This is what a young Afghan woman who hates the Taliban told a Washington Post reporter at a spontaneous protest in Kabul 1 August, sparked when a car driven by American mercenaries killed four people, but aimed at the occupation in general: the U.S. is "guardian and master of the ruling Mafia in Afghanistan. " Another man said, "Many times Nato troops and their cars have killed our innocent people. They never care whether we are dogs or Afghans."
We can't expect an American officer to tell his superiors that the U.S. does far more harm than the Taliban. But even taking him at his word, if life today under the U.S. occupation is "worse than the Taliban", what does that say about this war?
The other point the media have chosen to underline in these reports is the degree to which the U.S.-installed government and its officials are connected to "insurgents" , and especially the links between these "insurgents" and Pakistan.
Here what's left out is that Washington, too, is seeking to cut a deal with the Taliban and others now fighting against the occupation. The U.S. relationship with the Pakistan military and ruling class is very complex, and it is not simple even with Karzai. But, after all, the U.S. backed the Islamisation of the Pakistani military and worked through Pakistan's Inter-Service Intelligence to bring the Taliban to power in the '90s. According to serious journalistic accounts, the U.S. is now working through both Karzai and the ISI to try to divide its opponents and bring at least some of the fundamentalists fighting the occupation into a coalition government – as long as Afghanistan remains under American domination. Why else, even after these leaks appeared, did the UN Security Council drop international travel restrictions and asset freezes against 10 people listed as Taliban members and 14 "linked" to Al-Qaeda?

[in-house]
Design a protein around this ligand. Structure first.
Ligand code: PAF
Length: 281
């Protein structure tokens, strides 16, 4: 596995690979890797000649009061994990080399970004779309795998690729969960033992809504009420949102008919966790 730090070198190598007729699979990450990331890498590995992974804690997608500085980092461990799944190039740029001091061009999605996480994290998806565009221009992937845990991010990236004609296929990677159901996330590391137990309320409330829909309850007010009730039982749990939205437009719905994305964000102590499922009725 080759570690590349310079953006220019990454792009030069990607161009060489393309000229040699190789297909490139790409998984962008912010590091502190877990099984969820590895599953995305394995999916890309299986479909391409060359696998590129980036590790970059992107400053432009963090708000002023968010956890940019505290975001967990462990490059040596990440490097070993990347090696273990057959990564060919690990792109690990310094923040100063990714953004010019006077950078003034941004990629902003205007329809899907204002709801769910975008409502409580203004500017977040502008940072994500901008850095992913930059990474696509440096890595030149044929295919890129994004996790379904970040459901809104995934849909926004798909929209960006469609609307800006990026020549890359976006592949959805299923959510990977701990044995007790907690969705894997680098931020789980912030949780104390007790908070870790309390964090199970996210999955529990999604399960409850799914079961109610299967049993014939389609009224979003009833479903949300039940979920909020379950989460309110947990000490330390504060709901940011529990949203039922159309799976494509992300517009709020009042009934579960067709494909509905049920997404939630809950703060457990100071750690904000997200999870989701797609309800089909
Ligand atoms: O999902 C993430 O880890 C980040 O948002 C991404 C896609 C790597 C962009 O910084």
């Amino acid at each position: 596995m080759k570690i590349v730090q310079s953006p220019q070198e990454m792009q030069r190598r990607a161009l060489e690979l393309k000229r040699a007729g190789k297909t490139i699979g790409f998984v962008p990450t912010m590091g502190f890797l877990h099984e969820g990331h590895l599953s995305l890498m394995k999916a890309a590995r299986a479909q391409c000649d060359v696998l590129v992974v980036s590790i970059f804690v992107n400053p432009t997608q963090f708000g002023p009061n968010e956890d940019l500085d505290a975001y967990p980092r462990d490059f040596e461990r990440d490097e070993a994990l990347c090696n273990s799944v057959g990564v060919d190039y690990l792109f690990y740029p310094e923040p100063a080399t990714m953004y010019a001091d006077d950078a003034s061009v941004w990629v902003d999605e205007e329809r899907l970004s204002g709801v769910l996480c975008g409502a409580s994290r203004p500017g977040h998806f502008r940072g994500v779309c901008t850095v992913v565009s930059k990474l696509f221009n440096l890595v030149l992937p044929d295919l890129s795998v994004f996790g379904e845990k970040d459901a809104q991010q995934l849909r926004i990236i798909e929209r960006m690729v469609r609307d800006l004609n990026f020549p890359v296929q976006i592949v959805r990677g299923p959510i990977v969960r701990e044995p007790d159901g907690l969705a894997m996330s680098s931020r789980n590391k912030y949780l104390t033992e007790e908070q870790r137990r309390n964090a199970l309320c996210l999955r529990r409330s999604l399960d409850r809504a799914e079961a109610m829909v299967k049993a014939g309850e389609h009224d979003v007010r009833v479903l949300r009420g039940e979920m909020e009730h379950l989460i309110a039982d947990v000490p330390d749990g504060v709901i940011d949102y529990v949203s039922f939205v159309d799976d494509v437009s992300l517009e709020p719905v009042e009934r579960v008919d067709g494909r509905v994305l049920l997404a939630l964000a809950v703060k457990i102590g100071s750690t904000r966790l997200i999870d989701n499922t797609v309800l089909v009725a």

The Obama government's persecution of Pfc. Manning and its threats against WikiLeaks serves very clear and conscious purposes. The US defence secretary, Robert Gates, claimed in Washington: "The battlefield consequences are potentially severe and dangerous for our troops, our allies and Afghan partners, and may well damage our relationships and reputation in that key part of the world." (Guardian, 30 July 2010) On one level, he was saying something obvious: that even though these reports were written by his own armed forces, making the truth public may encourage anti-war sentiments. (Although they didn't dissuade the U.S. Congress from renewing funding for Obama's war.)
But on another, not very subtle level, he was expressing a deeper concern: The U.S., like any occupying power and all imperialist dominators, cannot rule without local collaborators from the top to the bottom of society. If these people – and he doesn't mean just local informers but the highest level authorities – decide they can't entrust their careers to the U.S., then the occupiers are in trouble. What most threatens the occupation is not the possible naming of informers – WikiLeaks say that they cut out many names and other details, and that many that remain are public knowledge or outdated – but that if Nato seems to be losing the war, rats may desert the sinking ship. That's what Gates means when he worries about America's "reputation" .
If the reports don't draw the bigger picture – and how could they? – the way the U.S. government has reacted and dealt with this matter reveals even more about their policies, goals and nature than the leaks themselves.